Table 1. Thromboembolic complications in patients with acute (<48 hours) atrial fibrillation who received no anticoagulation after cardioversion in previous studies
AuthorsNumber of patientsMean ageMale
Weigner et al. 1997 222468NA95%0.9%*
Michael et al.1999 7217645486%0.5
Burton et al. 2004 4314615586%0†
Gallagher et al. 2002 31986368100%0.5%‡
Stiell et al. 2010 5414655692%0
Xavier et al. 2010 6104579296%0
Airaksinen et al. 2013 83143& 616495%0.7%

*All 3 thromboembolic events after spontaneous cardioversion and in old (>75 years) ladies; †Follow-up of 7 days; ‡Plus one probable thromboembolic event; &7660 cardioversions

Background of Thromboembolism in AF

Most embolic events occur shortly after successful cardioversion which supports the view that conversion of AF to sinus rhythm is responsible for thromboembolism, even after short attacks of AF.9 Thrombus formation in the left atrial appendage is usually responsible for the thromboembolic complications associated with AF. It was shown that platelet activation and increased thrombin generation in the left atrium start to develop as early as 15 minutes following induction of AF.10 Transesophageal echocardiography has shown that left atrial thrombi - a clear contraindication to cardioversion - are found in 4% of the patients already < 48 hours of AF, and in 14% of patients when the duration is < 72 hours when no anticoagulation is used.11,12 Importantly, however, the absence of thrombus before cardioversion does not exclude thromboembolic complications, since restoration of sinus rhythm often results in atrial stunning, and a decrease of flow velocities in the left atrial appendage.13 It is known that atrial stunning promotes new thrombus formation and predisposes to embolization. Our recent observations on the time course of thromboembolism support the view that temporary atrial stunning may also occur after successful cardioversion of short attacks of AF, and predispose to embolism, especially when the patient has clinical features favouring thrombus formation. The timing of these events is characteristic of temporary stunning, with the vast majority occurring within 1 week after cardioversion, and most events taking place in the first 3 days 4. The decrease of thromboembolic risk after this time interval is probably due to gradual recovery of left atrial function after cardioversion.5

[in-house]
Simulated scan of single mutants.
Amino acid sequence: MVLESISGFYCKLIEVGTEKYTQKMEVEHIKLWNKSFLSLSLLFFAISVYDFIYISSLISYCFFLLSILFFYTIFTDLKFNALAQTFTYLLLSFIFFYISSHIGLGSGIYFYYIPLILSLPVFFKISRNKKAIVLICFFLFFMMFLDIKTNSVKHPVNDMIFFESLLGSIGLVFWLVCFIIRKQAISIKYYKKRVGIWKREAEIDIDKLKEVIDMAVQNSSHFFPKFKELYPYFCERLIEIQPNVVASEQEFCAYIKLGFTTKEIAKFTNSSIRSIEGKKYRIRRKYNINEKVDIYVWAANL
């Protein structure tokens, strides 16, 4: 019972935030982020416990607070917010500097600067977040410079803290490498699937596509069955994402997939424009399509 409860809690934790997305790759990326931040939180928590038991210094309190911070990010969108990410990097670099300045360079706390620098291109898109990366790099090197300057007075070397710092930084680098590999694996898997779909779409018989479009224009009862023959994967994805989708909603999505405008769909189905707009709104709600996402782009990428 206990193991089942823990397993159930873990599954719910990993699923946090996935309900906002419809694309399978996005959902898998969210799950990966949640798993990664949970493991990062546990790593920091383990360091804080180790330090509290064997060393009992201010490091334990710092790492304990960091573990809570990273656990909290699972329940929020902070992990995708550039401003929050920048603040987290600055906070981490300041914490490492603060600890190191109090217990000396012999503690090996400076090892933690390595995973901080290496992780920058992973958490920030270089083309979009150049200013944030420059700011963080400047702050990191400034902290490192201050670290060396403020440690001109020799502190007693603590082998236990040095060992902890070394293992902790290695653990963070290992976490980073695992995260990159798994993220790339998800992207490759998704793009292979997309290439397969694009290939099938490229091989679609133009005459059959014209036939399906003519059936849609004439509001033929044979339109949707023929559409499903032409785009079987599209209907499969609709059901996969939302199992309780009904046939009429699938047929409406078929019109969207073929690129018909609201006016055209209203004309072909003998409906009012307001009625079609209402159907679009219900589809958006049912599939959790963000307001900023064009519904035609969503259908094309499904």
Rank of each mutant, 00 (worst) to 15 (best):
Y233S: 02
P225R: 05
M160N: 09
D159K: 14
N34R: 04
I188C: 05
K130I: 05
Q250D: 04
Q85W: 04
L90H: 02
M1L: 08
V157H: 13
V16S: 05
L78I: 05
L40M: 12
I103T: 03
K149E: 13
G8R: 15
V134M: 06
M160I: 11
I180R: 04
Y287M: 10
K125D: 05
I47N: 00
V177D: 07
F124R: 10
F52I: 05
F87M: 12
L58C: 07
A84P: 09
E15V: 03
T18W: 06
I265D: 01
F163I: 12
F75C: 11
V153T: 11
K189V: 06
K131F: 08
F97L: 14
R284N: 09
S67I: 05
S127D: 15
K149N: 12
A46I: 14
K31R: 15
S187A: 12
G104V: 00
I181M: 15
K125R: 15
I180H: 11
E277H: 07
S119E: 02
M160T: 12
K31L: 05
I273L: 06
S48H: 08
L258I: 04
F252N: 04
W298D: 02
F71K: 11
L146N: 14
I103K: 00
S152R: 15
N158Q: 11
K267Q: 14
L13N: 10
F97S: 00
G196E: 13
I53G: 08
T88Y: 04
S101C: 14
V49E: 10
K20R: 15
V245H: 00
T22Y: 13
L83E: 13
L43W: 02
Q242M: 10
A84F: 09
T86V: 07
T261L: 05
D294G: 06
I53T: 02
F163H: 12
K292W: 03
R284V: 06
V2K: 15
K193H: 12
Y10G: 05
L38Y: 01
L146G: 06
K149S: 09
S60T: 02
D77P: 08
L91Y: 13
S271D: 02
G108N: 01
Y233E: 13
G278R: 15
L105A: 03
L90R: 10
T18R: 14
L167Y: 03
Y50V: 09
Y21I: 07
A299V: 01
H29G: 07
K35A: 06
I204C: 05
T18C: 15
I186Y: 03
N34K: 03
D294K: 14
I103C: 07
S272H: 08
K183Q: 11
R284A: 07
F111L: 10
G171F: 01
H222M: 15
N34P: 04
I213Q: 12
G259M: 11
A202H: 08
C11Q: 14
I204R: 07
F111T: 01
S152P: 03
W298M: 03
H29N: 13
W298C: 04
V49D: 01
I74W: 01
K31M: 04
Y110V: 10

Current Practice Guidelines

The current 2010 ESC practice guidelines recommend that in patients presenting with acute AF, cardioversion can be performed immediately under cover of intravenous unfractionated or weight-adjusted therapeutic-dose low-molecular weight heparin, followed by either long-term oral anticoagulation (INR 2.0-3.0) in those at high risk of stroke (Class I, level of evidence B), or without post-cardioversion oral anticoagulation in those with no thromboembolic risk factors (Class IIb, level of evidence C).14 In the 2011 update of the ACC/AHA/ESC practice guidelines on AF, the need for anticoagulation before and after cardioversion of acute AF is based on the individual patient risk for thromboembolism; nevertheless, with a lower level of evidence (Class IIa, level of evidence C).15 A recent compilation of the latter guidelines with those of the 2011 ACC/AHA/Heart Rhythm Society retained the same class of recommendation with the same level of evidence for patients with acute AF.16 Likewise, the 2012 clinical practice guidelines of the American College of Chest Physicians recommended that for patients with acute AF should start anticoagulation at presentation, and after successful cardioversion they recommend therapeutic anticoagulation for at least 4 weeks regardless of the baseline risk of stroke, rather than no anticoagulation (grade 2C).17 So, there has been a divergence of the class of recommendation between the European and North American clinical practice guidelines for considering long-term anticoagulation after successful cardioversion in patients with acute AF, with a C level of evidence in most cases, supported only by small retrospective studies14,15,17 (Table 2).